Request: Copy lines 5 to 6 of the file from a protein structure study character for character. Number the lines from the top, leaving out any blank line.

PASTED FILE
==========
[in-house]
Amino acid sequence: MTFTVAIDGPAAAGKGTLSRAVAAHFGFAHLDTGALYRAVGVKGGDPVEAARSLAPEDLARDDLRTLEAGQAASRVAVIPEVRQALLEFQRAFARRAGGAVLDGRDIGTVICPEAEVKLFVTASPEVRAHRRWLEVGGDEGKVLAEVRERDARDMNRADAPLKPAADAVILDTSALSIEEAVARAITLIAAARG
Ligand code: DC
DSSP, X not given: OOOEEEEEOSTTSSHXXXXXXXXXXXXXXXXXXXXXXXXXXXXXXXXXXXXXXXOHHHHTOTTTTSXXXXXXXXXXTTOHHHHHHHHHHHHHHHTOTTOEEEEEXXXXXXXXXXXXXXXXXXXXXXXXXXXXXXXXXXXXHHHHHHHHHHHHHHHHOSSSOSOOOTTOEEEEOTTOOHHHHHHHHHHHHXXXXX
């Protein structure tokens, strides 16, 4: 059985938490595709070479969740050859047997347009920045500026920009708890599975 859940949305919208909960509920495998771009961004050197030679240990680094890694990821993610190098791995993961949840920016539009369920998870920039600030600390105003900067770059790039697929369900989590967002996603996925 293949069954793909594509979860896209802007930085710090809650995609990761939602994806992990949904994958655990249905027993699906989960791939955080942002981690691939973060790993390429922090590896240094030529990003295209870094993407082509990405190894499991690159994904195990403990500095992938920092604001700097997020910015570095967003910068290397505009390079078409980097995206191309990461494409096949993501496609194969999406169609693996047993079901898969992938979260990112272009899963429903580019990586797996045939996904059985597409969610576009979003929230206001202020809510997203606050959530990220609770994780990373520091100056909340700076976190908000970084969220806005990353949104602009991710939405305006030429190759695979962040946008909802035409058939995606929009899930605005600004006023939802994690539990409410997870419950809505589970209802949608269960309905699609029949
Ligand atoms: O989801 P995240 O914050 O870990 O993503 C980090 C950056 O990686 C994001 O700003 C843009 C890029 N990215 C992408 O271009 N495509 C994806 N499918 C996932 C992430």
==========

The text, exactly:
């Protein structure tokens, strides 16, 4: 059985938490595709070479969740050859047997347009920045500026920009708890599975 859940949305919208909960509920495998771009961004050197030679240990680094890694990821993610190098791995993961949840920016539009369920998870920039600030600390105003900067770059790039697929369900989590967002996603996925 293949069954793909594509979860896209802007930085710090809650995609990761939602994806992990949904994958655990249905027993699906989960791939955080942002981690691939973060790993390429922090590896240094030529990003295209870094993407082509990405190894499991690159994904195990403990500095992938920092604001700097997020910015570095967003910068290397505009390079078409980097995206191309990461494409096949993501496609194969999406169609693996047993079901898969992938979260990112272009899963429903580019990586797996045939996904059985597409969610576009979003929230206001202020809510997203606050959530990220609770994780990373520091100056909340700076976190908000970084969220806005990353949104602009991710939405305006030429190759695979962040946008909802035409058939995606929009899930605005600004006023939802994690539990409410997870419950809505589970209802949608269960309905699609029949
Ligand atoms: O989801 P995240 O914050 O870990 O993503 C980090 C950056 O990686 C994001 O700003 C843009 C890029 N990215 C992408 O271009 N495509 C994806 N499918 C996932 C992430």